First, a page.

Most Council of Europe member states have adequate mechanisms regarding the right to information. For example, in Estonia, “the Public Information Act provides for broad disclosure of public information” states Mijatovic. Moreover, “in Croatia, Serbia, Slovenia and several other countries there is an independent oversight body – such as an Information Commissioner – responsible for monitoring and enforcing the right to information, while some other countries entrust Parliamentary Ombudsmen with supervision of the right of access to information”. Finally, “the constitutions of several European countries do indeed guarantee the fundamental right to information.” Nonetheless, there are still in consistent levels of transparency among state institutions or a failure to meet the requirement for proactive disclosure. The entry into force of the Tromso Convention willbe an opportunity to bring back to the table the importance of the right to information and to read just European States practices regarding the enhancement.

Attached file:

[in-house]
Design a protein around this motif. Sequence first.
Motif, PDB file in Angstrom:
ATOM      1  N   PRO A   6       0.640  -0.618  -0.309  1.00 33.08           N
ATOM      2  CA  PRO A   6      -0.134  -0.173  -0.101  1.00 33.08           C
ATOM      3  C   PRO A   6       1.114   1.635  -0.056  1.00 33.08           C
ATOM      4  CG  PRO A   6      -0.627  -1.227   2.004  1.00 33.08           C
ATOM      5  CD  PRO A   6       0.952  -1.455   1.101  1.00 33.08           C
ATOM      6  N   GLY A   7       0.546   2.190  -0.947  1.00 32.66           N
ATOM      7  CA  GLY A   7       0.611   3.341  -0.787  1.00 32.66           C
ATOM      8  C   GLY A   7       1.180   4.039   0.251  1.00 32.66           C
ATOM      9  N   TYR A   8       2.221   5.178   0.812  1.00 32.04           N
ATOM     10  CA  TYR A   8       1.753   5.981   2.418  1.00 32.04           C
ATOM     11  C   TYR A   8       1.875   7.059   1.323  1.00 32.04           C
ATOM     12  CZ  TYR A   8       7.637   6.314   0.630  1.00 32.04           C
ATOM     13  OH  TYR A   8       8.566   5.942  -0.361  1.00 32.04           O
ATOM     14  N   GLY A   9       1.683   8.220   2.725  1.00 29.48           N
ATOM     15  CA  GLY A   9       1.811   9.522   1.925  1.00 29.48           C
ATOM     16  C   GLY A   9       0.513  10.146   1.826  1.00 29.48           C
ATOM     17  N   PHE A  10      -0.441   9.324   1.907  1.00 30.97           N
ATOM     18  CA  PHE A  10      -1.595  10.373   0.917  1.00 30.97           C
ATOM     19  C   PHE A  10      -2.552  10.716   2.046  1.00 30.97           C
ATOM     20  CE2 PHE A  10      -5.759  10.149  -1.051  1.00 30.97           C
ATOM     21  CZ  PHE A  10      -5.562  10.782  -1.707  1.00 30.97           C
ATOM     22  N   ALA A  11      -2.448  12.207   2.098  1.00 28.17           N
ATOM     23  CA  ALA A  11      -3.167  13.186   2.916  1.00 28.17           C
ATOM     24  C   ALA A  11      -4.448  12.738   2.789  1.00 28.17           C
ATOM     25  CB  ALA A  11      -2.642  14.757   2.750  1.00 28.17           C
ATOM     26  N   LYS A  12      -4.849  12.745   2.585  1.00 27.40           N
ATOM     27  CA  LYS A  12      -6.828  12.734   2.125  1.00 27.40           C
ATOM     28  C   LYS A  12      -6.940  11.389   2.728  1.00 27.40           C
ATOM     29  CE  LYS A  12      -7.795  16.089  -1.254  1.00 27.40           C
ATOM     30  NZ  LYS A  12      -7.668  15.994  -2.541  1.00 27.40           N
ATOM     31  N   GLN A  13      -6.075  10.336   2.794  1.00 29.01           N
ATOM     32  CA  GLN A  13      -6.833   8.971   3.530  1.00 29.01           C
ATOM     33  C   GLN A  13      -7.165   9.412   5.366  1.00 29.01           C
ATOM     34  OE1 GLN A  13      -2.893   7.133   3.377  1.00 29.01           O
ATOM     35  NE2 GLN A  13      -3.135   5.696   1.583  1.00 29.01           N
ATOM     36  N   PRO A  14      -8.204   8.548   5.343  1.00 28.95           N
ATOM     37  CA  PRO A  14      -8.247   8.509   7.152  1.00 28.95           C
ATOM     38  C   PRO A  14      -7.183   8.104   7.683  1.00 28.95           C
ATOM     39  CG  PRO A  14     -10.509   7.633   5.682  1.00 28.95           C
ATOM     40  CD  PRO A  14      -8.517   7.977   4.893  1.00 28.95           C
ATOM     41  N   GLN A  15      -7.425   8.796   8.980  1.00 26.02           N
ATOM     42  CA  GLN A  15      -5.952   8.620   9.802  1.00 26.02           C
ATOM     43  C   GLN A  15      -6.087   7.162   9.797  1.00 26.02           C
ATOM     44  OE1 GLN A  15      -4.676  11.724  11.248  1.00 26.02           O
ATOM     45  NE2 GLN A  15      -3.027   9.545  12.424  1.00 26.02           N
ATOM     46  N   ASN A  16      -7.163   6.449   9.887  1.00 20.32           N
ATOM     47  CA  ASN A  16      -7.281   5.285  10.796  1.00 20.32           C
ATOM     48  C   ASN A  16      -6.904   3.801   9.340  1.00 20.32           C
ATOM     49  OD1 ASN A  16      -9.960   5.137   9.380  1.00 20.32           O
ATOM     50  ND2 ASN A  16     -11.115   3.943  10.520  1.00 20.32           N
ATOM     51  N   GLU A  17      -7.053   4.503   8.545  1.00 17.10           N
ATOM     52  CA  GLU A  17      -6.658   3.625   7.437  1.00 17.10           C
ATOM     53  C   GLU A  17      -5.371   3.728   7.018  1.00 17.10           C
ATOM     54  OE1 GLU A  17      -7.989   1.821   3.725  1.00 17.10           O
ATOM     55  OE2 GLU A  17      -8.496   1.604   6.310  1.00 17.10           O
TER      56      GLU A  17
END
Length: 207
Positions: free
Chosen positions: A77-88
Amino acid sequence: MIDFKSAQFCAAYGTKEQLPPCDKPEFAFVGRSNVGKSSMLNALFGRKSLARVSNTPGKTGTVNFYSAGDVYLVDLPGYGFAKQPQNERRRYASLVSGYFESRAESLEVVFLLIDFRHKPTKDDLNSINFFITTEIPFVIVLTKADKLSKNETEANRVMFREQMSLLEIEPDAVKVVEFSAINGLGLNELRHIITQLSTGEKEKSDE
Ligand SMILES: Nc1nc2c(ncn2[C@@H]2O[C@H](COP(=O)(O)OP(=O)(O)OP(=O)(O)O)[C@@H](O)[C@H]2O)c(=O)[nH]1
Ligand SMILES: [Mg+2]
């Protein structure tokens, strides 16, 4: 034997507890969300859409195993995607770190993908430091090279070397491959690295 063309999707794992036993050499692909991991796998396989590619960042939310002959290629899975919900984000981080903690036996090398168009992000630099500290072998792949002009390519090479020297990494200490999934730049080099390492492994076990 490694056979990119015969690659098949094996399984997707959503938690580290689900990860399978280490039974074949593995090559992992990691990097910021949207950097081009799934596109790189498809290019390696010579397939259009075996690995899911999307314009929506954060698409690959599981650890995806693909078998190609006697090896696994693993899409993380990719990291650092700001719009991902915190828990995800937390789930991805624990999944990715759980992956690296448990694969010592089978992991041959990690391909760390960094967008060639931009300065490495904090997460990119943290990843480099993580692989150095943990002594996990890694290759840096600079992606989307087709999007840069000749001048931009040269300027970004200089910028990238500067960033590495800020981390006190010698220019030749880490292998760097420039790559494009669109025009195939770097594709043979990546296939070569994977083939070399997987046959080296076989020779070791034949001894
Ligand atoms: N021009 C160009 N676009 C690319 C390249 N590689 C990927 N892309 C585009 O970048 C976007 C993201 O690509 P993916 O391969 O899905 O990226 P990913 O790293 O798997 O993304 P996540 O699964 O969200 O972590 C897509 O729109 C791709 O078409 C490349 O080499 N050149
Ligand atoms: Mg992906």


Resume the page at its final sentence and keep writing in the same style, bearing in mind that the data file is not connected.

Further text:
Barriers and Challenges

Digitization is still recent, and authorities are not accustomed to dealing openly. There is a sentiment of reservation and caution. Before the advent of the internet, governments enjoyed a level of political efficiency and practical obscurity. Viewing public records required the time and effort of a visit to the records’ physical location and prevented easy access to details of individual files. Openness has made the policy cycle longer, with a more thorough consultation process and debates. The availability of digital documents has caused an unavoidable conflict.